Online training has become common and convenient. But suppose employees do it after work at home. Do you have to pay them overtime, under the Fair Labor Standards Act? The short answer is “yes,” but there are complications.
The ruling comes in the form of an opinion letter from the U.S. Department of Labor regarding a case in which an employer required some workers to take training via the Web. Here’s what the DOL said about it and the FLSA rules.
First, you don’t have to pay OT for any type of training if all of the following criteria are met:
- Attendance outside the employee’s normal working hours is in fact voluntary (attendance is not voluntary if the employee is led to believe that present working conditions or the continuation of employment would be adversely affected by not attending)
- The course, lecture, or meeting is not directly related to the employee’s job (training is directly related to an employee’s job if it is designed to make the employee handle a job more effectively as distinguished from training for another job or to learn a new or additional skill)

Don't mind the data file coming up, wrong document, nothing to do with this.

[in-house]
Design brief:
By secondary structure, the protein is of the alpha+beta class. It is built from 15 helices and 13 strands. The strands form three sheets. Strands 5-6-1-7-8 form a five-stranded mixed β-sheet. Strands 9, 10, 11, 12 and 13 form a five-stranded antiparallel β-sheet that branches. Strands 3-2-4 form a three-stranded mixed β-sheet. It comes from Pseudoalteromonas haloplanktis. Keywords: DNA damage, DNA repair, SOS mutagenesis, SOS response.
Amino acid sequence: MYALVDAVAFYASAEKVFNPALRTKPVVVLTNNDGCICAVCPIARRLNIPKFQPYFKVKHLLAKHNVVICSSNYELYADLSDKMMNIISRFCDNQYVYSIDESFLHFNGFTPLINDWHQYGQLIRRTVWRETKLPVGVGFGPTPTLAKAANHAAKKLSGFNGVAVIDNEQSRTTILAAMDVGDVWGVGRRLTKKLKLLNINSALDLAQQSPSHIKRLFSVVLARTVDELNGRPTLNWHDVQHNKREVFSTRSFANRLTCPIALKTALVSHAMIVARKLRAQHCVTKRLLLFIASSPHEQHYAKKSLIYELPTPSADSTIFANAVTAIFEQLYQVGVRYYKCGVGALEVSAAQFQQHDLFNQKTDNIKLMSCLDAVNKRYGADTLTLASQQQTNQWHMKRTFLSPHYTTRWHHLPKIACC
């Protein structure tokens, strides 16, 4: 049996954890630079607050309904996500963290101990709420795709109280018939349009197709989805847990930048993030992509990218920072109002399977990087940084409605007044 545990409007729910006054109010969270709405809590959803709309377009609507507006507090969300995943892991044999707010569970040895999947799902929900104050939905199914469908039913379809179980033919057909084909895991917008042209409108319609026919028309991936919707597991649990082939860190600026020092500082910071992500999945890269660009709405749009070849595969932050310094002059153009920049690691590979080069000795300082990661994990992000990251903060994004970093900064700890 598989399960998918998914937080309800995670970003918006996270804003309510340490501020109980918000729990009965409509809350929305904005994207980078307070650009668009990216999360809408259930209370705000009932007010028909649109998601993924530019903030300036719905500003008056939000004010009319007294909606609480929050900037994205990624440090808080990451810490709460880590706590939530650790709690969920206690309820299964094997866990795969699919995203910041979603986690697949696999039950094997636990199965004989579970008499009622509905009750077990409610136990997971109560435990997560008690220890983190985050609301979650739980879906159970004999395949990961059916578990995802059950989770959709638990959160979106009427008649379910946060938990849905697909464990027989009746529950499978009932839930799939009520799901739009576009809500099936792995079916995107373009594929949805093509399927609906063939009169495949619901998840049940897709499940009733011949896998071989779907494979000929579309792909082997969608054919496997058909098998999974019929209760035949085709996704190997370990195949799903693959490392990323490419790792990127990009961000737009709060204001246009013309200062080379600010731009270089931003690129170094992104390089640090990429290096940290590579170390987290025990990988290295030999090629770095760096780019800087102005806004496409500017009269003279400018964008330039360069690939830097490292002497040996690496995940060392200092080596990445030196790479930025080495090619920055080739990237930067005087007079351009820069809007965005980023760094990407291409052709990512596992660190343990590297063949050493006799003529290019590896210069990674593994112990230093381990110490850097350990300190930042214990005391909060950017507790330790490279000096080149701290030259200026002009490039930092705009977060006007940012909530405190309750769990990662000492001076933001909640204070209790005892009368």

- The employee does not perform any productive work during such attendance.
If all those criteria are not met, then the employer must compensate the employees for their training time.
Now, here’s how the DOL’s opinion letter applied those criteria to online training done after hours at home: Essentially, DOL said, the rules are the same. If the training doesn’t meet all of the criteria listed above, you have to pay the employees for overtime.
Go the DOL Web site to see the text of the opinion letter.
Note: Opinion letters often indicate how an agency is inclined to rule on a similar dispute, but such letters (a) do not carry the weight of law and (b) apply only to the specific instances mentioned in the letter.